Rm | 2.001 | 2.005 | 1.958 | 1.991 | 1.944 | 1.991 | 1.991 | 1.981 | 1.971 | 1.936 | 1.995 | 1.993 |
SMB | 0.619 | 0.578 | 0.490 | − 0.268 | − 0.218 | − 0.214 | 0.544 | 0.263 | 0.049 | 0.018 | − 0.120 | 0.099 |
LMH | − 0.380 | 0.063 | − 0.079 | − 0.153 | − 0.265 | − 0.068 | 0.650 | 0.061 | − 0.168 | − 0.253 | − 0.327 | − 0.754 |
tc | 1.535 | 1.463 | 1.963 | 1.304 | 1.600 | 1.527 | 1.786 | 0.850 | 1.878 | 2.055* | 1.470 | 1.298 |
tr | 5.664* | 5.412* | 5.756* | 5.047* | 5.837* | 6.194* | 5.836* | 5.142* | 5.378* | 5.283* | 5.552* | 6.872* |
ts | 3.228* | 3.291* | 2.665* | − 1.554 | − 1.263 | − 1.335 | 3.085* | 1.505 | 0.274 | 0.104 | − 0.626 | 0.620 |
tl | − 2.072* | 0.376 | − 0.449 | − 0.925 | − 1.610 | − 0.441 | 3.849* | 0.363 | − 0.979 | − 1.500 | − 1.781 | − 4.957 |
R^{2} | 0.967 | 0.972 | 0.968 | 0.973 | 0.972 | 0.976 | 0.971 | 0.972 | 0.970 | 0.970 | 0.967 | 0.977 |
IVOL | ||||||
---|---|---|---|---|---|---|
P11 | P12 | P13 | P14 | P15 | P16 | |
c | 0.002 | 0.003 | 0.004 | 0.003 | 0.001 | 0.004 |
Rm | 1.997 | 1.996 | 1.997 | 1.951 | 1.950 | 2.008 |
SMB | − 0.159 | 0.097 | − 0.013 | 0.371 | 0.393 | 0.223 |
LMH | − 0.063 | 0.123 | − 0.122 | 0.124 | − 0.171 | − 0.281 |
tc | 1.453 | 1.207 | 2.018* | 1.141 | 0.729 | 1.835 |
tr | 6.885* | 5.827* | 5.658* | 4.996* | 5.585* | 5.768* |
ts | − 1.030 | 0.508 | − 0.069 | 1.878 | 2.307* | 1.210 |
tl | − 0.424 | 0.676 | − 0.693 | 0.654 | − 1.049 | − 1.586 |
R^{2} | 0.978 | 0.967 | 0.969 | 0.963 | 0.972 | 0.969 |
Three factor regressions (market, size and idiosyncratic volatility)
Portfolio P11 (first portfolio) is well captured by the model for MC-, P/B- and IVOL-based portfolios. Further result shows that one portfolio of PB (P14) and one portfolio of IVOL (P16) are significant at 5% level. It implies that high idiosyncratic volatility stocks portfolio is not captured by the model. Market (Rm) coefficients of all portfolios based on MC, P/B and IVOL are highly positive and significant. Size (SMB) coefficients are positive for small-size portfolios and become negative towards big-size portfolios in case of MC-based portfolios, whereas SMB coefficients are mostly positive in case of P/B- and IVOL-based portfolios. Value (LMH) coefficients are mostly negative for MC-, P/B- and IVOL-based portfolios. SMB coefficients of 3 MC-based (P11, P12 and P13) and 1 PB-based (P11) portfolios found to be significant. In most of the cases, IVOL coefficient is found to be positive and is significant for 4 IVOL (P11, P12, P13 and P16), 1 MC (P12) and 1 PB (P11) portfolios, respectively. First four portfolios of IVOL-based portfolios have positive IVOL coefficient, and IVOL coefficient changes its sign towards high IVOL portfolios. Average alpha value and R-square values are 0.003 and 97% for three-factor regressions with idiosyncratic volatility.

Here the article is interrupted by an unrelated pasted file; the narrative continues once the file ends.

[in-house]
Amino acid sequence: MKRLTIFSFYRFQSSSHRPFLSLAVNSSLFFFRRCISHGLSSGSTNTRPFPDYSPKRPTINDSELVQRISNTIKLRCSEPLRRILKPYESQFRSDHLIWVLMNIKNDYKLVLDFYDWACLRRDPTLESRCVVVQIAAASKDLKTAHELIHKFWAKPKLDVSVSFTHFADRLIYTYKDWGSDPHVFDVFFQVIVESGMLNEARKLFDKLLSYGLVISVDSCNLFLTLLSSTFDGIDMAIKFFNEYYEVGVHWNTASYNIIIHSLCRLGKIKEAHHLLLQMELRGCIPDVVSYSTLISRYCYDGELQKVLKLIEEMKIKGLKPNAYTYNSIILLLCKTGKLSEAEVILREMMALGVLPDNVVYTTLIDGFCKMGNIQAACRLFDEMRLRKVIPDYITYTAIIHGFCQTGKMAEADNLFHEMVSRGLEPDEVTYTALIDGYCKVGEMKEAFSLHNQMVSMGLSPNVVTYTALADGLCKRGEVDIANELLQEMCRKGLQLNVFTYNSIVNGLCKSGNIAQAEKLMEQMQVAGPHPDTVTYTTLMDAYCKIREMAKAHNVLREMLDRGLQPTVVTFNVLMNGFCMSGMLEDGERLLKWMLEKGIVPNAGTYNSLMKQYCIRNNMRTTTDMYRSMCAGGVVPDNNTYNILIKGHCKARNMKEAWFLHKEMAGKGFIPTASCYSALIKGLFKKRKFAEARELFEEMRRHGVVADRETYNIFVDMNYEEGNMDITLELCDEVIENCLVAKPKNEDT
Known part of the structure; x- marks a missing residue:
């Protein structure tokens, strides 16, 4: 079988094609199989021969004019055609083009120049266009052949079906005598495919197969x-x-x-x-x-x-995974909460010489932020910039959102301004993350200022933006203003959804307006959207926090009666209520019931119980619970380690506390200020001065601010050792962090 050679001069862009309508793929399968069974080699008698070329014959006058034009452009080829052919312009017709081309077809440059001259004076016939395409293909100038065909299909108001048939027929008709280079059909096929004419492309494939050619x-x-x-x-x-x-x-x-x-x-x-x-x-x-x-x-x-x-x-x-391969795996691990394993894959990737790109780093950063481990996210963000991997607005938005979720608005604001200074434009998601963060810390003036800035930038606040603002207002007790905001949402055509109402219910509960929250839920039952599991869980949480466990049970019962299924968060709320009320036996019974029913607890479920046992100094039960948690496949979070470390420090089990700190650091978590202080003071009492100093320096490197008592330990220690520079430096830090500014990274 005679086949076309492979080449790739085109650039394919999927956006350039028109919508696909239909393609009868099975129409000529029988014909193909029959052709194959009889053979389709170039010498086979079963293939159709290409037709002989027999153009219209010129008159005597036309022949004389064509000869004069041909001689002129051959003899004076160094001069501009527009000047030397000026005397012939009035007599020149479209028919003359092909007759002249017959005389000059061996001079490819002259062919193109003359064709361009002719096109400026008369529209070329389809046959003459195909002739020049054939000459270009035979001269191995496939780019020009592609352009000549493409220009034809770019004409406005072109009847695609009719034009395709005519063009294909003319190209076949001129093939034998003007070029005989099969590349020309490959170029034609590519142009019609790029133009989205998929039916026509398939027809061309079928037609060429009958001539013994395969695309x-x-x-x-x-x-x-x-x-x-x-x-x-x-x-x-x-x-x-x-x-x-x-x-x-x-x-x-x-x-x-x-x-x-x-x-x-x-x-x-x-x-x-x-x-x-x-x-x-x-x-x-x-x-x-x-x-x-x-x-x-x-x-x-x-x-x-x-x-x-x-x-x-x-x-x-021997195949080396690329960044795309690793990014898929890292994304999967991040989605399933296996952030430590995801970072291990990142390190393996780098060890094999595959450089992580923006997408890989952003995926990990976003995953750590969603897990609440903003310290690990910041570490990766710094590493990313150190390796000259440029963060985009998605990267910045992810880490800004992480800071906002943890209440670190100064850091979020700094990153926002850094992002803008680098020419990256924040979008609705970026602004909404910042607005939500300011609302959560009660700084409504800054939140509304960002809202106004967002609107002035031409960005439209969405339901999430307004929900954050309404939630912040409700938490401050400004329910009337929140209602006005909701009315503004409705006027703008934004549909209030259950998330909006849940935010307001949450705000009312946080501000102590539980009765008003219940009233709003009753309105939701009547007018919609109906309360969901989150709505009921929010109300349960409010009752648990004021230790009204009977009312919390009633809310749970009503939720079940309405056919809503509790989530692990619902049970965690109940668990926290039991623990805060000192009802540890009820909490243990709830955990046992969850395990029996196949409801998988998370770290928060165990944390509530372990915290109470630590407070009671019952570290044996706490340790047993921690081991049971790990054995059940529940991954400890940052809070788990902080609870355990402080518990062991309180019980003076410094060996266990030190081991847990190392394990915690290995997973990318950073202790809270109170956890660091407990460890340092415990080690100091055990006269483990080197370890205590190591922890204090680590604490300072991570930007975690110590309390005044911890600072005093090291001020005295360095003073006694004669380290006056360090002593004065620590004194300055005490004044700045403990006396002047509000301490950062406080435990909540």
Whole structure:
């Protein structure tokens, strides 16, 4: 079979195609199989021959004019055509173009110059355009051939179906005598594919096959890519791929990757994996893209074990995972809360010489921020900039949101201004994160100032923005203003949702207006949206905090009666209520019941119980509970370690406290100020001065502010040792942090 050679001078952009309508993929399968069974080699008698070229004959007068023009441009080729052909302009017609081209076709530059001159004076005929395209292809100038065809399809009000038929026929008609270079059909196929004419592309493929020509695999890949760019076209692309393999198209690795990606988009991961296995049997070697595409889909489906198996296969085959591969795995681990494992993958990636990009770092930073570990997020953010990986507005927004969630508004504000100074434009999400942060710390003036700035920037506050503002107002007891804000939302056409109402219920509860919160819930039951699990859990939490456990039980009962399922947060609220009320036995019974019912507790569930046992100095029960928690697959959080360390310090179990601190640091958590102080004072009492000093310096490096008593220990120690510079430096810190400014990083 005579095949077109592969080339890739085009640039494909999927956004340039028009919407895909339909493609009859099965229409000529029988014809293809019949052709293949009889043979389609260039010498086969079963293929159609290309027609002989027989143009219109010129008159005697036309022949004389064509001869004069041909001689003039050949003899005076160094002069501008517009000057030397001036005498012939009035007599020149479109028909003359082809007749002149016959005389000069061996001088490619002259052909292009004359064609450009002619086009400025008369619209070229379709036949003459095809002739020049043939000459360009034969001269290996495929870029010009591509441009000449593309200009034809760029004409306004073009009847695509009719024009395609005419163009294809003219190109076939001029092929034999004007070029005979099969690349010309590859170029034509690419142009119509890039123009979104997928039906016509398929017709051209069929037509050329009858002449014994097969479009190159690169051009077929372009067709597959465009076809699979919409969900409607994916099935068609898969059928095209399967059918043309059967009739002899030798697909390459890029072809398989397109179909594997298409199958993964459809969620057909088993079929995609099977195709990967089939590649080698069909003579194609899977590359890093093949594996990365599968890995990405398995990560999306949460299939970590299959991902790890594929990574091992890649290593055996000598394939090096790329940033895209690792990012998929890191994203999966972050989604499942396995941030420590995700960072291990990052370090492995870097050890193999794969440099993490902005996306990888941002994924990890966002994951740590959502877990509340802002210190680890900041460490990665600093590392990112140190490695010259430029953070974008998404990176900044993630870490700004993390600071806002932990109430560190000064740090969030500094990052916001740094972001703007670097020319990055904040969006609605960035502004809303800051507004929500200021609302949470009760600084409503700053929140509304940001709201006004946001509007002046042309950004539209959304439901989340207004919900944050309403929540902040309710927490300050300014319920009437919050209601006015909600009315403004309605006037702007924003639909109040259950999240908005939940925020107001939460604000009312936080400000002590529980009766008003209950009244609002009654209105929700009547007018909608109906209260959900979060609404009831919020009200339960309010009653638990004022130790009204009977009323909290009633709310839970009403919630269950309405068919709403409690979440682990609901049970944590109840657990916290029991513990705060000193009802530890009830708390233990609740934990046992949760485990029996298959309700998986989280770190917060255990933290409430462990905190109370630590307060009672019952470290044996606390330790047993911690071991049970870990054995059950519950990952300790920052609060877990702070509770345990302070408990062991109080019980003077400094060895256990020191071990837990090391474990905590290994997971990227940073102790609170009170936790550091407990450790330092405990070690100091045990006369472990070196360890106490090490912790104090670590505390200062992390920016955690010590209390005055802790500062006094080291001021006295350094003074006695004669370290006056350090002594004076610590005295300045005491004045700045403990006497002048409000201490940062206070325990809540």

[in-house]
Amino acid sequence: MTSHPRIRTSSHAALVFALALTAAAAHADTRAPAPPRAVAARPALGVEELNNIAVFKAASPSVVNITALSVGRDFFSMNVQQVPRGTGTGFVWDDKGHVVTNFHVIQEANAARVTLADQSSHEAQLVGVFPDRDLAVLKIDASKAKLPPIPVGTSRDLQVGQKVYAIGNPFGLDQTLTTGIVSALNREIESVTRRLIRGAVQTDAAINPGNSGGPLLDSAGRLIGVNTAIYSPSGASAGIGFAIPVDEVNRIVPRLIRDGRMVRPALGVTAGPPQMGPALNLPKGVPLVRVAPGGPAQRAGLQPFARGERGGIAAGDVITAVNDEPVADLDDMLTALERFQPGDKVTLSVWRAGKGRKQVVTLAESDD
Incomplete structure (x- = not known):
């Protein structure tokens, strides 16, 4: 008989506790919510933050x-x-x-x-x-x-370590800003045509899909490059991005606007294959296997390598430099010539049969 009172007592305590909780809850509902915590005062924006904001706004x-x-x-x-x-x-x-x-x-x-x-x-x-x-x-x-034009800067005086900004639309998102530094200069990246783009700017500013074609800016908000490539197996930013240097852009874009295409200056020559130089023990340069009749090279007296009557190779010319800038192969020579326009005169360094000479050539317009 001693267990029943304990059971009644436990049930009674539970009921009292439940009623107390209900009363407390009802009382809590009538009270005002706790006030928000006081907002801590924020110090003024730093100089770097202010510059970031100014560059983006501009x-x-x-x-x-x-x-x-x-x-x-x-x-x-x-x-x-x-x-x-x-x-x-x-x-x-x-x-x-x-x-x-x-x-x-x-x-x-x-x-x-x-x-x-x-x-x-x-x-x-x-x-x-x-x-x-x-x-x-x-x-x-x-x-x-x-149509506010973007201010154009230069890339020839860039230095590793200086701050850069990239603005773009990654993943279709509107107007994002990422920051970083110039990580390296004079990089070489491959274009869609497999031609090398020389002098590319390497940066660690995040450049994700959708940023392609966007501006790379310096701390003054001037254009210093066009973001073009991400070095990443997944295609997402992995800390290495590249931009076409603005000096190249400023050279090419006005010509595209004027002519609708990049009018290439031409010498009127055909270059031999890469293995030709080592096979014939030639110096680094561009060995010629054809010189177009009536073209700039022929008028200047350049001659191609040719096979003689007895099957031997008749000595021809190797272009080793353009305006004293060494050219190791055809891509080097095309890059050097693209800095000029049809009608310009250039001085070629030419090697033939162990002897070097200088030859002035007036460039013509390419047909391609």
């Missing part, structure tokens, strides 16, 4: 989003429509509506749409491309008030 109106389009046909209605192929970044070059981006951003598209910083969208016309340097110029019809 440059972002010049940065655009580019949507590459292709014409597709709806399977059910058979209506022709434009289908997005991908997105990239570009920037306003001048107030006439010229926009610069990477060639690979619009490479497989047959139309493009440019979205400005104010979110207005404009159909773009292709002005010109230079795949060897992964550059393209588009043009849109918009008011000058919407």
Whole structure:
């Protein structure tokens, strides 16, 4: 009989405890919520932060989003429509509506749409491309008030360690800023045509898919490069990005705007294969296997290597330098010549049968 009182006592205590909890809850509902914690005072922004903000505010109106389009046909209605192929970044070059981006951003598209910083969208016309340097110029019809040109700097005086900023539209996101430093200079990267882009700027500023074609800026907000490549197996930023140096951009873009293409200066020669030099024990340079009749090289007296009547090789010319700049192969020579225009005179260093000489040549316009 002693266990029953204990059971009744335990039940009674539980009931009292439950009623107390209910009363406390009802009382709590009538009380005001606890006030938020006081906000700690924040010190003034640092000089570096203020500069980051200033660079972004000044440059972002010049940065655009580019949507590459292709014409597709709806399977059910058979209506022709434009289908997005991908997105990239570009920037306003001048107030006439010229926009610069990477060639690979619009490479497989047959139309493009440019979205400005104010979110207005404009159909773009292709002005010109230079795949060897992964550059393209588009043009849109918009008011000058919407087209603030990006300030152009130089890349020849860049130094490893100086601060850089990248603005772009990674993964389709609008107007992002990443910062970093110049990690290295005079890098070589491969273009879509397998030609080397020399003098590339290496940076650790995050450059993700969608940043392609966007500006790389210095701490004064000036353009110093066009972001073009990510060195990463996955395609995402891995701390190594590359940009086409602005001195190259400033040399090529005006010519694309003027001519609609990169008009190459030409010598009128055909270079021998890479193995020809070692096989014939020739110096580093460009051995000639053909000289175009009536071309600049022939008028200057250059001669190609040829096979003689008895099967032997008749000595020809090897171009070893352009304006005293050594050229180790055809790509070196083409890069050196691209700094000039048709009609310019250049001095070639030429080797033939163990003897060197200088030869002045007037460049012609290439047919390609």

Four-factor regression results (market, size, value and idiosyncratic volatility)